Maui Is Big Drawing Card For Convention

November 19, 2004
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Before leaving the stage for the final time, outgoing SMACNA president Mark Watson (right) accepts a gift from incoming president Kevin Harpring.
MAUI, Hawaii - The annual meeting of the Sheet Metal and Air Conditioning Contractors' National Association (SMACNA) ended with a bang.

And a boom.

And a few pows.

The closing gala, held along the ocean front at the Molokini Garden located on the grounds of the luxurious Grand Wailea Resort Hotel and Spa, concluded with an eye-popping and colorful fireworks display.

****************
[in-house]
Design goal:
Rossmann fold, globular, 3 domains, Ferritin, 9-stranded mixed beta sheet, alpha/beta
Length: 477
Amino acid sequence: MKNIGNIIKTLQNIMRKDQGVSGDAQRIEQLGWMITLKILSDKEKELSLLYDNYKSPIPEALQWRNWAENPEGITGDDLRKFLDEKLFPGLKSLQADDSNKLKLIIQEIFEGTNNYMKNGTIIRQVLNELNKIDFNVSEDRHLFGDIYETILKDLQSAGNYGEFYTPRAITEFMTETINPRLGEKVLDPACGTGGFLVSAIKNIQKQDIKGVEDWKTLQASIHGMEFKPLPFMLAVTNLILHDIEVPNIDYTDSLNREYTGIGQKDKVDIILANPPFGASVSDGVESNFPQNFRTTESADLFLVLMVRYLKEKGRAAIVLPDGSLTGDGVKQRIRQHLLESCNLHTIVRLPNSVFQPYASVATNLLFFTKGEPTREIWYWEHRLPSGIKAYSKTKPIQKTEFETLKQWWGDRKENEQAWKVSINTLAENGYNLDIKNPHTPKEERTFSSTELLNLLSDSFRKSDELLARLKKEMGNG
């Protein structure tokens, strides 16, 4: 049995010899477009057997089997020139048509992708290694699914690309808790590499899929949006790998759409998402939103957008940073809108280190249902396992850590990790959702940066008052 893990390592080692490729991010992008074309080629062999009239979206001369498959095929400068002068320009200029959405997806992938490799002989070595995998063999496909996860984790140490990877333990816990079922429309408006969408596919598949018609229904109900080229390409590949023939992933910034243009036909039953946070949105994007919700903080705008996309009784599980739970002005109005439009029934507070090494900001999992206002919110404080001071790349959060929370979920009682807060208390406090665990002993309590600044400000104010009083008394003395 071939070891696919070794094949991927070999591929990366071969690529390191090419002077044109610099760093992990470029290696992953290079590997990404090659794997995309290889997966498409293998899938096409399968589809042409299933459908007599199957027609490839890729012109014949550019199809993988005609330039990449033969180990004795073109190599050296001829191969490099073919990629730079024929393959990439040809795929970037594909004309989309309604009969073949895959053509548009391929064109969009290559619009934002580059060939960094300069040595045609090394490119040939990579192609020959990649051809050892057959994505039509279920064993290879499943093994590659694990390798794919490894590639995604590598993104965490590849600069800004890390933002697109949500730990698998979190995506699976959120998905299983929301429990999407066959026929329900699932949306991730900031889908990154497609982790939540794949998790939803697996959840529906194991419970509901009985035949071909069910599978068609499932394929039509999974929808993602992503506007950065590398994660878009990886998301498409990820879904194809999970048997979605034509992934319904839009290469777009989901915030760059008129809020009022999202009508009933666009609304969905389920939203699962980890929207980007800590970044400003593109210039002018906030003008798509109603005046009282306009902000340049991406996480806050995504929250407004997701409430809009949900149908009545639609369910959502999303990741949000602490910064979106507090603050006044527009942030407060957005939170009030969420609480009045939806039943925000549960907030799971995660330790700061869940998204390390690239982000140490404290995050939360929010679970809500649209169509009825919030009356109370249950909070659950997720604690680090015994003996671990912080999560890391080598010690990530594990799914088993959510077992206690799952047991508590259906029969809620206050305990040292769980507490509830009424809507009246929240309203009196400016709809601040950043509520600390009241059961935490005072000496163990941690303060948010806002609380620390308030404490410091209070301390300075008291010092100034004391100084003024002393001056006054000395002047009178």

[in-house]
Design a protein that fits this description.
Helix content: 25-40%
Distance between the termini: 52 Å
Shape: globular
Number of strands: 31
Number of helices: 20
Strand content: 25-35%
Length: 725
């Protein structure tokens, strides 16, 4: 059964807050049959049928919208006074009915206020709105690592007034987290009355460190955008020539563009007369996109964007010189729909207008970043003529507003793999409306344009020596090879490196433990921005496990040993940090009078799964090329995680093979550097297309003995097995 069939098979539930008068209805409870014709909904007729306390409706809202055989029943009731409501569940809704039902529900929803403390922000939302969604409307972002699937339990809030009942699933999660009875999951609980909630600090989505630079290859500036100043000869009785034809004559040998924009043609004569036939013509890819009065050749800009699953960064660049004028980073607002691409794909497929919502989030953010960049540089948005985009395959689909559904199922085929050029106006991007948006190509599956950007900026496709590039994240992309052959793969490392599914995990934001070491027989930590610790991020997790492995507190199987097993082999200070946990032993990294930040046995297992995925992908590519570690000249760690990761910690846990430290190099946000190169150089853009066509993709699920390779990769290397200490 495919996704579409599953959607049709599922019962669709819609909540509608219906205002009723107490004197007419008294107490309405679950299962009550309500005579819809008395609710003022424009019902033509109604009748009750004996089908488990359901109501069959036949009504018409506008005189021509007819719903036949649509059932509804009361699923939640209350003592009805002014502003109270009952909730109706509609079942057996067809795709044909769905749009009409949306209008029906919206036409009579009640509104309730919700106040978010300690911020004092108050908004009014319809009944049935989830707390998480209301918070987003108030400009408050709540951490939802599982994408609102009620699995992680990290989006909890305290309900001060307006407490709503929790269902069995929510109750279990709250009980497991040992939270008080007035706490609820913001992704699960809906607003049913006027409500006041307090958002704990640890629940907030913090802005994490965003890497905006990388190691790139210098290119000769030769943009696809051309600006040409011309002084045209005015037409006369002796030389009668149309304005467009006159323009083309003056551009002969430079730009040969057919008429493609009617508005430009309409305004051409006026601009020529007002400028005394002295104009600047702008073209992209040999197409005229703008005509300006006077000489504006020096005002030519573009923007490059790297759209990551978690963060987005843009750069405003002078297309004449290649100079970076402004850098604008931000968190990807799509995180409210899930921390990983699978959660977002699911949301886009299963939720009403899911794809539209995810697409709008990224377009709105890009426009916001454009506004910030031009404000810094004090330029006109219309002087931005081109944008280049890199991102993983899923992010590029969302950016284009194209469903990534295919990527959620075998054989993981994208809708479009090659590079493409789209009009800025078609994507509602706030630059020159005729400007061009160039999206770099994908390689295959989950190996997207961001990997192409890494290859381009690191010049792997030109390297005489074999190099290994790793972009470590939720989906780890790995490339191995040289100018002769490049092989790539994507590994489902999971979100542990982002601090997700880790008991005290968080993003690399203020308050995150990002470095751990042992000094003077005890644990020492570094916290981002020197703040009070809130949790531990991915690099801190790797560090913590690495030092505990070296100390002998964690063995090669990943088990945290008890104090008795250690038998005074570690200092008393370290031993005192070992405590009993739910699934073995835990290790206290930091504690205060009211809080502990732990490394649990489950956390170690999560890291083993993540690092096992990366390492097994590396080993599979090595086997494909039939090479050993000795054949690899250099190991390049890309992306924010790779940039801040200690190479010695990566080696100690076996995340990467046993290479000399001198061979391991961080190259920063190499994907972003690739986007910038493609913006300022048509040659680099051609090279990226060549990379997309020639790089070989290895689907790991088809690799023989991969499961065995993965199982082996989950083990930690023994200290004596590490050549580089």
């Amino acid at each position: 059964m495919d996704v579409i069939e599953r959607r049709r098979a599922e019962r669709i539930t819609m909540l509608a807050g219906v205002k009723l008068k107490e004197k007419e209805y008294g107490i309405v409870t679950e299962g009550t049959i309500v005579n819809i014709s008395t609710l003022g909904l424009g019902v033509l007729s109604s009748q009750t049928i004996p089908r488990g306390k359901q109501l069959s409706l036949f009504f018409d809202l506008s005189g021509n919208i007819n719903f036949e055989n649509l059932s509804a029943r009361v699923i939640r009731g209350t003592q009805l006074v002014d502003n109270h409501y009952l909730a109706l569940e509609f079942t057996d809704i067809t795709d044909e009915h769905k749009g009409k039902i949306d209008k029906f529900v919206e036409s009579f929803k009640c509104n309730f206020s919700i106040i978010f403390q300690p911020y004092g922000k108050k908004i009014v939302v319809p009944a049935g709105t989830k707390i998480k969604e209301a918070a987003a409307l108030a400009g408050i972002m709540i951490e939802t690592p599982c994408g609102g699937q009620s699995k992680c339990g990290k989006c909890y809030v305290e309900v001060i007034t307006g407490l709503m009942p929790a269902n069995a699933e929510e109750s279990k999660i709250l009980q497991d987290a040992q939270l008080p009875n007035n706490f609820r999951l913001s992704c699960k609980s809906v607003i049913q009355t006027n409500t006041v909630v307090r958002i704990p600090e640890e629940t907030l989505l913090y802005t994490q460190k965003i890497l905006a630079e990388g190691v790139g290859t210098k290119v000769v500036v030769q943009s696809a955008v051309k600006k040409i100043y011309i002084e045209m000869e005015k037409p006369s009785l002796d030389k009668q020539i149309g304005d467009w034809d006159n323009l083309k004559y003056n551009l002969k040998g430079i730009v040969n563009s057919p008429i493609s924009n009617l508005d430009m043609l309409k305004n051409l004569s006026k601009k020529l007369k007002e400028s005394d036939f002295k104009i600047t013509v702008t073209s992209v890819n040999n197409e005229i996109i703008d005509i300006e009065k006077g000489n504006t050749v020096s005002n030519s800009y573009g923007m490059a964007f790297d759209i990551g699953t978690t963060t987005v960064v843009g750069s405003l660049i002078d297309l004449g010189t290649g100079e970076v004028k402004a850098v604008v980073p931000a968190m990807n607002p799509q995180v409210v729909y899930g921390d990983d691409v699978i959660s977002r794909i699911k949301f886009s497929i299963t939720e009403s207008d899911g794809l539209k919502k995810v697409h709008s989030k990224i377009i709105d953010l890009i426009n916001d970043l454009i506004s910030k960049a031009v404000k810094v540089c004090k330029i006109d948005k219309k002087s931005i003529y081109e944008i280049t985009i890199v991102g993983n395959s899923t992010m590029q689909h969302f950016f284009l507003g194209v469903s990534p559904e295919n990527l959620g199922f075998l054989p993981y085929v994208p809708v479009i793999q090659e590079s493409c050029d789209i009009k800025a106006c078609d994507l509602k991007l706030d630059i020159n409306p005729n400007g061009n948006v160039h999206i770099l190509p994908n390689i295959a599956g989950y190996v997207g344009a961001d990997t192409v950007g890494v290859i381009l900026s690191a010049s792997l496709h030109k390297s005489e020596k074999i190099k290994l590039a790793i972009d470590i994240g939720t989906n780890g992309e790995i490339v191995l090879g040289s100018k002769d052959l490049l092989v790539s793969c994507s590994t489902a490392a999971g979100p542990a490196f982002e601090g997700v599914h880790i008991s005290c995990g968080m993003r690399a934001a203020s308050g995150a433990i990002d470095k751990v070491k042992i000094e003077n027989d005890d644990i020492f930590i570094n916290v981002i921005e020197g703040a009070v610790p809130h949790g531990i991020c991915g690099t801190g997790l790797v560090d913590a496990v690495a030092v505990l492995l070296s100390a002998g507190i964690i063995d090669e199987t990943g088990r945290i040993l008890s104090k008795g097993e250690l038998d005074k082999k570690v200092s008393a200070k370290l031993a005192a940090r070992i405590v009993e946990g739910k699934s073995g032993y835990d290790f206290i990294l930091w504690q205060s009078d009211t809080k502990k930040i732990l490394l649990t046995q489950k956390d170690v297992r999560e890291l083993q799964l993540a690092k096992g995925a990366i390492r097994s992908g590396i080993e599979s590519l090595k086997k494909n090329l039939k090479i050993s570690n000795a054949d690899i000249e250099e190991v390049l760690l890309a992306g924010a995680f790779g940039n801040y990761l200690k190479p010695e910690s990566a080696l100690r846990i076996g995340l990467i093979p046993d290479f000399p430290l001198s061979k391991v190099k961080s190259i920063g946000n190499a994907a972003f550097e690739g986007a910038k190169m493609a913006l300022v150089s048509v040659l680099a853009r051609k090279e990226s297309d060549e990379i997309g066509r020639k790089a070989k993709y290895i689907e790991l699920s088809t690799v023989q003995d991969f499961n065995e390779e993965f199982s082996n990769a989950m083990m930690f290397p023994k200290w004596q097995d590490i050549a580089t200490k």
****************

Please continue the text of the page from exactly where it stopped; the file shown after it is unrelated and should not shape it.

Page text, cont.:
Prior to the grand finale, the record crowd of SMACNA attendees danced to the tunes of former Beach Boys lead singer Mike Love and his Endless Summer band, after feasting on an impeccable evening meal outdoors under blue skies and warm temperatures.

"It doesn't get much better than this," commented one attendee, en route to his hotel room with his wife and two children.

No, it doesn't.

It doesn't take a rocket scientist to figure out why the national association opts to have its annual convention in Hawaii approximately every four years. SMACNA members were not born yesterday.

"Gee, I wonder why?" asked outgoing president Mark Watson, who passed along the gavel to 2004-2005 president Kevin Harpring, vice president and general manager of Harpring Inc., Louisville, Ky. "It is such a beautiful place, isn't it?"

No need to persuade members. They came in droves to Maui, as the 2004 convention was one of the largest-attended of all time. According to SMACNA officials, attendance was 1,400 strong.